ST. LOUIS – The potential for severe thunderstorms with high winds, hail and heavy rains exists in the Riverbend through Wednesday afternoon, meteorologists from the St. Louis office of the National Weather Service (NWS) said.

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A line of severe storms moved through the area Tuesday afternoon, spawning both a severe thunderstorm and a tornado warning for Madison County. NWS Meteorologist Kevin Dreitsch said the storms brought winds as high as 60 mph with hail the size of quarters. Rotation was even detected moving toward Hamel from Edwardsville. Dreitsch said another line of storms is expected to move through the area overnight with a chance of precipitation as high as 90 percent. A marginal risk of severe storms is also active for Wednesday evening in Alton as the city celebrates the Small Business Revolution returning for another block party.

Along with the severe weather, a large amount of rain is expected to fall over the next three to seven days in the Riverbend. This precipitation could mean more flooding for areas already negatively affected by high waters earlier this year.

NWS Hydrologist Mark Fuchs said water levels on the Mississippi, Missouri and Illinois Rivers are predicted to rise over the next week. He said the majority of the precipitation is expected to fall within the next 24 hours, which is the extent for which the NWS predicts flood forecasts.

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As of the most recent 24-hour forecast, water levels in Grafton are expected to reach a crest of 28.5 feet by Monday, May 6. This is just short of crest levels in that municipality earlier in April, which saw water levels just above 29 feet. Fuchs said water levels at the Eades Bridge in St. Louis could be as high as 40 feet given current forecasts.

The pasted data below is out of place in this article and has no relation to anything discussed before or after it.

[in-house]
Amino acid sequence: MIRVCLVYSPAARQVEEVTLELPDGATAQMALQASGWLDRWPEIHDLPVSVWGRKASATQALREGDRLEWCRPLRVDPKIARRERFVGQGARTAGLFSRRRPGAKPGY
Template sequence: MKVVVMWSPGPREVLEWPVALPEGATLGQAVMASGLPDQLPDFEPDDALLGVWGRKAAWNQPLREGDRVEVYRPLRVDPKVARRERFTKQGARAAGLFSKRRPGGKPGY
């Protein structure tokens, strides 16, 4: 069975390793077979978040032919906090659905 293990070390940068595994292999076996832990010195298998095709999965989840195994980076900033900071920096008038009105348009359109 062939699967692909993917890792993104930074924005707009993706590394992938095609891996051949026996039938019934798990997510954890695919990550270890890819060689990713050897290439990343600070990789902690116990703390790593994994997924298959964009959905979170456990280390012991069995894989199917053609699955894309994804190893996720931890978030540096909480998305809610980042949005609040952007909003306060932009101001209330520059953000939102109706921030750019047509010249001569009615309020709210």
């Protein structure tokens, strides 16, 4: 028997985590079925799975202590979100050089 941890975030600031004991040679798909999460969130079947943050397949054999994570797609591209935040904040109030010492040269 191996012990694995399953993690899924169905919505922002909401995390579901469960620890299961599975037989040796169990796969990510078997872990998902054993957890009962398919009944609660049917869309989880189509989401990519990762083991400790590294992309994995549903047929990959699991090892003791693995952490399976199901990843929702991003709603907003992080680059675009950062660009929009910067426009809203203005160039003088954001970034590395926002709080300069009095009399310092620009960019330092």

While predictions past 24 hours are based almost entirely on weather models and are not used for official forecasts, Fuchs said both good and bad news comes from looking at the ever-changing oracle. While the region is expected to have significant precipitation over the next week, falling over the Mississippi, Missouri and Illinois River Valleys, it is not as much as previously predicted. The most recent models, viewed Tuesday afternoon by Fuchs, showed much of the precipitation would fall along or south of the Missouri River.

Previous to that recent update, Fuchs warned Grafton, Alton and St. Louis could see crests as high as two feet above the current predictions. That would place Grafton in the danger zone of above 30 feet – a significant number for the small river town.

He said the Missouri River at St. Charles could have also seen a crest as much as a foot higher than the current prediction of 29.4 feet. The Missouri River has stayed relatively low this season, which makes flooding due to backup less severe. If that were to raise as well, towns along the Mississippi and Illinois Rivers could see higher flooding than the levels earlier this season.

Less rain over the next week may sound like good news to the people of Grafton, Alton and the rest of the towns adjacent to one of the area's great rivers, but Fuchs warned an increase in precipitation is still expected to continue over the following weeks. Current models do not include this possible influx of rain into their forecasts at this time.

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